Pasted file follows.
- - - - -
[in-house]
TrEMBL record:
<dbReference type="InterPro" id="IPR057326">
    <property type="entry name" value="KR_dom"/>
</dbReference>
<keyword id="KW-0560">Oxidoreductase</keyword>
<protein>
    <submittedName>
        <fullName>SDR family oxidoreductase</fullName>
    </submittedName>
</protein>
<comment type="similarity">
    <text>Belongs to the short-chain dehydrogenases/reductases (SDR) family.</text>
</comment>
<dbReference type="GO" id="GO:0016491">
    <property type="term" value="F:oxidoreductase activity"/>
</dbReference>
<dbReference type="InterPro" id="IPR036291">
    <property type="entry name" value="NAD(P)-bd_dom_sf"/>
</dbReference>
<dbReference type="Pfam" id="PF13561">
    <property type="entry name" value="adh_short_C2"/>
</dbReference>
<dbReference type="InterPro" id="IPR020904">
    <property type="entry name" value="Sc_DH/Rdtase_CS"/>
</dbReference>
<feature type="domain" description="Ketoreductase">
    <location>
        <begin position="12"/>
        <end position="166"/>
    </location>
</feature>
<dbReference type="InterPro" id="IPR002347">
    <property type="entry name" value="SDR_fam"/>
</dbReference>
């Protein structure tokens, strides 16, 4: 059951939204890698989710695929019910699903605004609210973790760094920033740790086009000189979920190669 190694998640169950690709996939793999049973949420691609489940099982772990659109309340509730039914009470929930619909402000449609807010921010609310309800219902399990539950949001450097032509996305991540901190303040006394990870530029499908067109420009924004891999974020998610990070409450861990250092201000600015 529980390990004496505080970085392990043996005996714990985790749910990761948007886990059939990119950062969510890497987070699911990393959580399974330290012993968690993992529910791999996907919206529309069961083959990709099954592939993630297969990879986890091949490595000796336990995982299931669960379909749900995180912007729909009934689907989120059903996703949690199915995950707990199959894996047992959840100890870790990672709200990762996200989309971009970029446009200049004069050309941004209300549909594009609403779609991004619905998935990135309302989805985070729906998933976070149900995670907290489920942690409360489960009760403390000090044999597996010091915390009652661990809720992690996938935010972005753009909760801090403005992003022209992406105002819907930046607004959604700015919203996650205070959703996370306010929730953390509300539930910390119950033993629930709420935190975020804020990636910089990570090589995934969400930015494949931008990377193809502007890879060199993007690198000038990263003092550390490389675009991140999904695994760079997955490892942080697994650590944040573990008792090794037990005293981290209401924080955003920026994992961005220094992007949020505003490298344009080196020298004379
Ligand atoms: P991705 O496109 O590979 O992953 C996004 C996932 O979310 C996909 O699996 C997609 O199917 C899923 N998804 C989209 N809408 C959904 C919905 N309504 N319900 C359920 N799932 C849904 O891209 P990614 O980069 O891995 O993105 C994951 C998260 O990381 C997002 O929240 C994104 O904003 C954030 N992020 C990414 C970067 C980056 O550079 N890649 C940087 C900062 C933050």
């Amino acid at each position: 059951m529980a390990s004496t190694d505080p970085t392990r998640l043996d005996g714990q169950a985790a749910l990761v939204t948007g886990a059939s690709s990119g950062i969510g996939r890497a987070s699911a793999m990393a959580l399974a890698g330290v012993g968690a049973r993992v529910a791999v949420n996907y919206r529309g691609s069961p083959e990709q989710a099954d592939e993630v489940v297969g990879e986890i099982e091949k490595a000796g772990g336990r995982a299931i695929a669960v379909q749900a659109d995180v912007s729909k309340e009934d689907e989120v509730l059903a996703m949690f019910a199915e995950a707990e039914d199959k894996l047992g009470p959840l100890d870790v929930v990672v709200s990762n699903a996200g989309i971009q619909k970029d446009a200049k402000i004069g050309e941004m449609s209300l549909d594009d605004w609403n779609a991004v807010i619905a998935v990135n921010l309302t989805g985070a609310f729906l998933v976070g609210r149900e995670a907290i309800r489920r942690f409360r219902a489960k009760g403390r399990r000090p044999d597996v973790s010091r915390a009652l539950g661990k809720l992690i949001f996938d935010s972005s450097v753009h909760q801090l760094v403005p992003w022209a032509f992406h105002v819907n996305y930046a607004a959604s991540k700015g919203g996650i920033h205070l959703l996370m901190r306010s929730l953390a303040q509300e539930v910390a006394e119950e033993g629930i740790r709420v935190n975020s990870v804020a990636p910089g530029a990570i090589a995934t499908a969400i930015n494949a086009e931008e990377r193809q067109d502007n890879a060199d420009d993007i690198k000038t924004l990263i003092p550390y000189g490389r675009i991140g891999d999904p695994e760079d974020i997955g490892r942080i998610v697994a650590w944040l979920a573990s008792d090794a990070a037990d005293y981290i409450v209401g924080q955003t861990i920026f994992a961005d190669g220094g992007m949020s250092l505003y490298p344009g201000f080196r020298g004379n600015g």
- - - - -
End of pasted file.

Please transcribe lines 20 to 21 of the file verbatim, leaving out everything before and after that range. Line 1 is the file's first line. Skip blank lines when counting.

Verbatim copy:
</dbReference>
<dbReference type="Pfam" id="PF13561">